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Consumption vs. Creation


I find myself in a heavy slumber, not totally asleep, but barely awake. The day ends and I settle into my phone to catch up on news, Giants baseball, changes in technology, or some article that seems important to my constant urge to learn something new or to better understand the world. We get the kids to bed and my wife and I turn on Netflix for an hour. Then she drifts to bed and I drift back to all that numbing information. I know the stream never ends and I drift along with it until I force myself ashore to the human need of sleep.

This is consumption.

When I’m floating in it, consumption is fine. And I don’t think there’s anything wrong with enjoying an article or baseball game on the radio or listening to the latest music releases. The problem arises for me when it takes up all my free time. The time I spend reading takes time from me writing. The time I spend listening to music is time taken away from playing my trumpet or the piano. It’s not a one-to-one, but if all I do is consume, I’m not creating—I’m not sharing and connecting.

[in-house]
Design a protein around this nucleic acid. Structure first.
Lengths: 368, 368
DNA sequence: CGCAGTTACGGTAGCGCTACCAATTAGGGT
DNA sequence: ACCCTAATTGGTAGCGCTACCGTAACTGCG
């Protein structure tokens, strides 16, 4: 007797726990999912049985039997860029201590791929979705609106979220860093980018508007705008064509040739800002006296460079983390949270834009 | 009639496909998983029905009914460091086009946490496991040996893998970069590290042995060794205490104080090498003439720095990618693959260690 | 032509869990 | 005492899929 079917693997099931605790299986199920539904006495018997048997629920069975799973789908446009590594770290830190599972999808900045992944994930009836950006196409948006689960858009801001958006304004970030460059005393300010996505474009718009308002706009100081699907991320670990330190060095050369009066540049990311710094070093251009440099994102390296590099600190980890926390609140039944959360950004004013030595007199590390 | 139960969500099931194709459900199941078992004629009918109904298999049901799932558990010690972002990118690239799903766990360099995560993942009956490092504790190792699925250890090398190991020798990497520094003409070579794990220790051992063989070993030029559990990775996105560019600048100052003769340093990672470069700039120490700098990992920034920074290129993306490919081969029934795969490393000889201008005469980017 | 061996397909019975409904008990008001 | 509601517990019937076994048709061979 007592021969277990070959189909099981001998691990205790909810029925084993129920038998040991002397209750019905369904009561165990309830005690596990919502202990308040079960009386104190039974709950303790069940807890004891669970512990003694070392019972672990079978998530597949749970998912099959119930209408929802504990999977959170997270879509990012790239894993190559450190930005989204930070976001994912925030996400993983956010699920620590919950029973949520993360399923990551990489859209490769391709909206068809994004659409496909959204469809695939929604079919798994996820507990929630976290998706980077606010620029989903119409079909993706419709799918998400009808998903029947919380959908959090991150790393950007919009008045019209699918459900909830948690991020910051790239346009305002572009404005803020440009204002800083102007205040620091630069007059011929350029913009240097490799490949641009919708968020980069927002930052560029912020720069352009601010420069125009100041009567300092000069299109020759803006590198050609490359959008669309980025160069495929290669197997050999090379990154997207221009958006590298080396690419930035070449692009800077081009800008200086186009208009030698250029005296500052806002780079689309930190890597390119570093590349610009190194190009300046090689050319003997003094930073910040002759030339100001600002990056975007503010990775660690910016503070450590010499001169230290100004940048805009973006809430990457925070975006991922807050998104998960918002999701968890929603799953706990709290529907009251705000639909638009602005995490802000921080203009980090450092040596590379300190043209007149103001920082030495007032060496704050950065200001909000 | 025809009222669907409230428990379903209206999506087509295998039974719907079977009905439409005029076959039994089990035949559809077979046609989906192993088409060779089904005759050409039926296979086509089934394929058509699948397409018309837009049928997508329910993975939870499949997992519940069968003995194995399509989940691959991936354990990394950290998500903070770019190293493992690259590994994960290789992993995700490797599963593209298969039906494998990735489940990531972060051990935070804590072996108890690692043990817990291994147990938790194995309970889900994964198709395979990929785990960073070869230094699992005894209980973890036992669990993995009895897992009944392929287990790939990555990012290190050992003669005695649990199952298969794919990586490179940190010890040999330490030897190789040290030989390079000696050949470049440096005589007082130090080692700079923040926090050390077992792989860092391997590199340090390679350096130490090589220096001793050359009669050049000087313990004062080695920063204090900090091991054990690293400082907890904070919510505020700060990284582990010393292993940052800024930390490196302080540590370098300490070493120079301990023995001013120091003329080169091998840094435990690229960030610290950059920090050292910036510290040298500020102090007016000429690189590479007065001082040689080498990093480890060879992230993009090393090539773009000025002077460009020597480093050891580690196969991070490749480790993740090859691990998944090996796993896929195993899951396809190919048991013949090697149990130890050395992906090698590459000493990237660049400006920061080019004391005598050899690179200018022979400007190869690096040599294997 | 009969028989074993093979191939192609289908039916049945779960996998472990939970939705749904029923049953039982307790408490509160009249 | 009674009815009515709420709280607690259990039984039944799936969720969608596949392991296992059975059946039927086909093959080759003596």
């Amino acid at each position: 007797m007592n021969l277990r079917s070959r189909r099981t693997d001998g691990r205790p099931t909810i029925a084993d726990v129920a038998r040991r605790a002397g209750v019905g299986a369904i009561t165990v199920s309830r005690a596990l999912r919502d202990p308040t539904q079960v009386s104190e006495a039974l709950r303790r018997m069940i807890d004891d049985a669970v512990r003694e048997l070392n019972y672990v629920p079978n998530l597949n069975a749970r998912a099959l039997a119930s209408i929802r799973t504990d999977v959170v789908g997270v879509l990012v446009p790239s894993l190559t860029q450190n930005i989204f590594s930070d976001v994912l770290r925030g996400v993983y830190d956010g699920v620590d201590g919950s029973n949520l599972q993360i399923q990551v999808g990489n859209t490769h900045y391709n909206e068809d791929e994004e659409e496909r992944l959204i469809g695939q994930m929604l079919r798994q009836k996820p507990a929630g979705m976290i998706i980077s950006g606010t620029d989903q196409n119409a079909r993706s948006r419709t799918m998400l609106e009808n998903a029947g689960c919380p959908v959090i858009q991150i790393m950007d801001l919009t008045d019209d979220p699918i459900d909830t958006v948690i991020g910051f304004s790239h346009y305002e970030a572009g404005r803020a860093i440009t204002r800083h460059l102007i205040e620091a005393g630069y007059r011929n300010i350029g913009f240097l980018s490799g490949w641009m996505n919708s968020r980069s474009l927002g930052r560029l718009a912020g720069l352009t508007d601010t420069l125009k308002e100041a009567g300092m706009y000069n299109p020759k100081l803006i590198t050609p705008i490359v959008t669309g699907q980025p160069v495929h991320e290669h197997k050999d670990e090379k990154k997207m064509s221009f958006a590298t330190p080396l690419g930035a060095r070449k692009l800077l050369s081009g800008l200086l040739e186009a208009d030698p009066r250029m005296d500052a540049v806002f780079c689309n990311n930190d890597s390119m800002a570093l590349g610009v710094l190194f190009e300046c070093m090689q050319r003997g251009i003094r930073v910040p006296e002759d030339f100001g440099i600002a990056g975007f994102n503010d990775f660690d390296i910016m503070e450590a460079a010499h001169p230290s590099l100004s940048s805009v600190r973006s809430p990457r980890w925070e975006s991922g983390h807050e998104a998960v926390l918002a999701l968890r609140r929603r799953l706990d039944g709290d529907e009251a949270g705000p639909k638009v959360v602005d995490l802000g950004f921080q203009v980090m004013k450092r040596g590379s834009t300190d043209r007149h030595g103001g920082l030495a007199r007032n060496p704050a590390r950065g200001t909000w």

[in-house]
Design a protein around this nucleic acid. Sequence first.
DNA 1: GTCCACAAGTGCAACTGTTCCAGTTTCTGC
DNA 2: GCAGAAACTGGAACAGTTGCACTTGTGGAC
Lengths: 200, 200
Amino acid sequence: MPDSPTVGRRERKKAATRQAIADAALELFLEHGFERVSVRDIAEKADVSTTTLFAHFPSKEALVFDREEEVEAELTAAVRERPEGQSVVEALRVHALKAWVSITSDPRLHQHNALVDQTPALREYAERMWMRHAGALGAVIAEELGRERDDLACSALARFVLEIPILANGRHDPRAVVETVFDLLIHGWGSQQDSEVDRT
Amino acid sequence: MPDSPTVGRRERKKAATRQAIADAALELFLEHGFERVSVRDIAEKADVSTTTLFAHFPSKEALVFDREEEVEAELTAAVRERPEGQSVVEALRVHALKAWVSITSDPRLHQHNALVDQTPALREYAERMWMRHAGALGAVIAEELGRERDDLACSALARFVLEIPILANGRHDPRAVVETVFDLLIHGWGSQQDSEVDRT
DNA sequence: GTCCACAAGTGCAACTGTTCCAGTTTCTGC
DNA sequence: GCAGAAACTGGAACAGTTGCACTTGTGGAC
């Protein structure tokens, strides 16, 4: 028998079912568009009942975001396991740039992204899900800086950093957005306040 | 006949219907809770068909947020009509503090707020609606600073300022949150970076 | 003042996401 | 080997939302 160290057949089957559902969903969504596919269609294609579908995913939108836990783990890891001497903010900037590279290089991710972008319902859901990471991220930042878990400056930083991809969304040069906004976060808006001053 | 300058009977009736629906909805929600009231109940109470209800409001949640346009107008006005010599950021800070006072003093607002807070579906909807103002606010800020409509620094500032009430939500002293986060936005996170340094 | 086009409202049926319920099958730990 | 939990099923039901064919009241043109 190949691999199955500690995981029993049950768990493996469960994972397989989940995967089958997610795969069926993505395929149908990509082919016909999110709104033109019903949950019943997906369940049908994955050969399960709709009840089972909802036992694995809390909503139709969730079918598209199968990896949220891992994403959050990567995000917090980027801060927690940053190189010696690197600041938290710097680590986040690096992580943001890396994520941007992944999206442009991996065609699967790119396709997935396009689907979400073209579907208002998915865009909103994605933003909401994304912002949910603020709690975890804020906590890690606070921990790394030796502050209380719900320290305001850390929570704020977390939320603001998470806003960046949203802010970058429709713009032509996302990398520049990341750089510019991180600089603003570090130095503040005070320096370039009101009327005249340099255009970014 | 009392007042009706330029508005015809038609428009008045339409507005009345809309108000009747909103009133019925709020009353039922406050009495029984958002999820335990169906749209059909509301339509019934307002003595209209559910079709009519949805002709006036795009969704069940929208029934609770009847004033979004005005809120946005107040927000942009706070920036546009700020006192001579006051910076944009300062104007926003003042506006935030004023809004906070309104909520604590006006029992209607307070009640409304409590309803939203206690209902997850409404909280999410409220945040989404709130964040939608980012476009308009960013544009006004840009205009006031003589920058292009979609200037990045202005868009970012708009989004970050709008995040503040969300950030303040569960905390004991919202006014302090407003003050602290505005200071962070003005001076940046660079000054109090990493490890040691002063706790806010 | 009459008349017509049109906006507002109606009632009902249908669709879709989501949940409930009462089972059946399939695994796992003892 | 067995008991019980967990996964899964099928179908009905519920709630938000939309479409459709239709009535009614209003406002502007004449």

So, where’s the balance?

This whole consumption vs. creation thing seems to boil down to discipline. And maybe that’s where I get stuck: in my free time, I don’t want to have to be disciplined. But if I’m not disciplined about the time I spend consuming information, then it will take up all my time. Another place I get stuck is that if I’m not naturally gravitating toward creating something—writing, music, or whatever—then maybe those things aren’t really important to me. If you ask me I will say they are, but then shouldn’t I feel like doing them when the work is done? Is it that consumption has dulled my creativity? Or is it that the ways I used to create are changing?

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